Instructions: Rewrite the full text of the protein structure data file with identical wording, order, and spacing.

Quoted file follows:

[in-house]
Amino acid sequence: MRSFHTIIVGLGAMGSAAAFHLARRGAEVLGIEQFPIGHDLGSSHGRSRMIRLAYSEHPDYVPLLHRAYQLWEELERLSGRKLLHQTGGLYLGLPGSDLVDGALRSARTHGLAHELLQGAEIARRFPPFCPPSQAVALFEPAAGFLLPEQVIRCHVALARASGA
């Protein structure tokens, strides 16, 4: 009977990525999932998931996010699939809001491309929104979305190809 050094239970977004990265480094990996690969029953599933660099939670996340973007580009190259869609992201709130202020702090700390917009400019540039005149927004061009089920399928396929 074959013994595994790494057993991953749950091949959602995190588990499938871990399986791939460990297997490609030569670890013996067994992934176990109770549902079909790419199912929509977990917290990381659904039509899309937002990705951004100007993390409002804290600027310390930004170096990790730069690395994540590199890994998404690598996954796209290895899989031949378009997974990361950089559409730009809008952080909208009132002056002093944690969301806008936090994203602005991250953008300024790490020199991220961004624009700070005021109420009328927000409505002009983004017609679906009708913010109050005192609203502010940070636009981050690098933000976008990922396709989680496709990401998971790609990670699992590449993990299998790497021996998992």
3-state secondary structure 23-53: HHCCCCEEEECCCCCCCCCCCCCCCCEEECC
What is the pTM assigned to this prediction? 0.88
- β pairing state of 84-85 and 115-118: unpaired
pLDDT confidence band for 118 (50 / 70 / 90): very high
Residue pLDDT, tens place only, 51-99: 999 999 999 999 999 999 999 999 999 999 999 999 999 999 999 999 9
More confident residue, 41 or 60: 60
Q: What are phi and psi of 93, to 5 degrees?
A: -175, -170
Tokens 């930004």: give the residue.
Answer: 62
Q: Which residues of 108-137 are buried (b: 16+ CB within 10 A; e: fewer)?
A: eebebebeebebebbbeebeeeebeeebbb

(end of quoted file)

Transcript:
[in-house]
Amino acid sequence: MRSFHTIIVGLGAMGSAAAFHLARRGAEVLGIEQFPIGHDLGSSHGRSRMIRLAYSEHPDYVPLLHRAYQLWEELERLSGRKLLHQTGGLYLGLPGSDLVDGALRSARTHGLAHELLQGAEIARRFPPFCPPSQAVALFEPAAGFLLPEQVIRCHVALARASGA
């Protein structure tokens, strides 16, 4: 009977990525999932998931996010699939809001491309929104979305190809 050094239970977004990265480094990996690969029953599933660099939670996340973007580009190259869609992201709130202020702090700390917009400019540039005149927004061009089920399928396929 074959013994595994790494057993991953749950091949959602995190588990499938871990399986791939460990297997490609030569670890013996067994992934176990109770549902079909790419199912929509977990917290990381659904039509899309937002990705951004100007993390409002804290600027310390930004170096990790730069690395994540590199890994998404690598996954796209290895899989031949378009997974990361950089559409730009809008952080909208009132002056002093944690969301806008936090994203602005991250953008300024790490020199991220961004624009700070005021109420009328927000409505002009983004017609679906009708913010109050005192609203502010940070636009981050690098933000976008990922396709989680496709990401998971790609990670699992590449993990299998790497021996998992």
3-state secondary structure 23-53: HHCCCCEEEECCCCCCCCCCCCCCCCEEECC
What is the pTM assigned to this prediction? 0.88
- β pairing state of 84-85 and 115-118: unpaired
pLDDT confidence band for 118 (50 / 70 / 90): very high
Residue pLDDT, tens place only, 51-99: 999 999 999 999 999 999 999 999 999 999 999 999 999 999 999 999 9
More confident residue, 41 or 60: 60
Q: What are phi and psi of 93, to 5 degrees?
A: -175, -170
Tokens 């930004």: give the residue.
Answer: 62
Q: Which residues of 108-137 are buried (b: 16+ CB within 10 A; e: fewer)?
A: eebebebeebebebbbeebeeeebeeebbb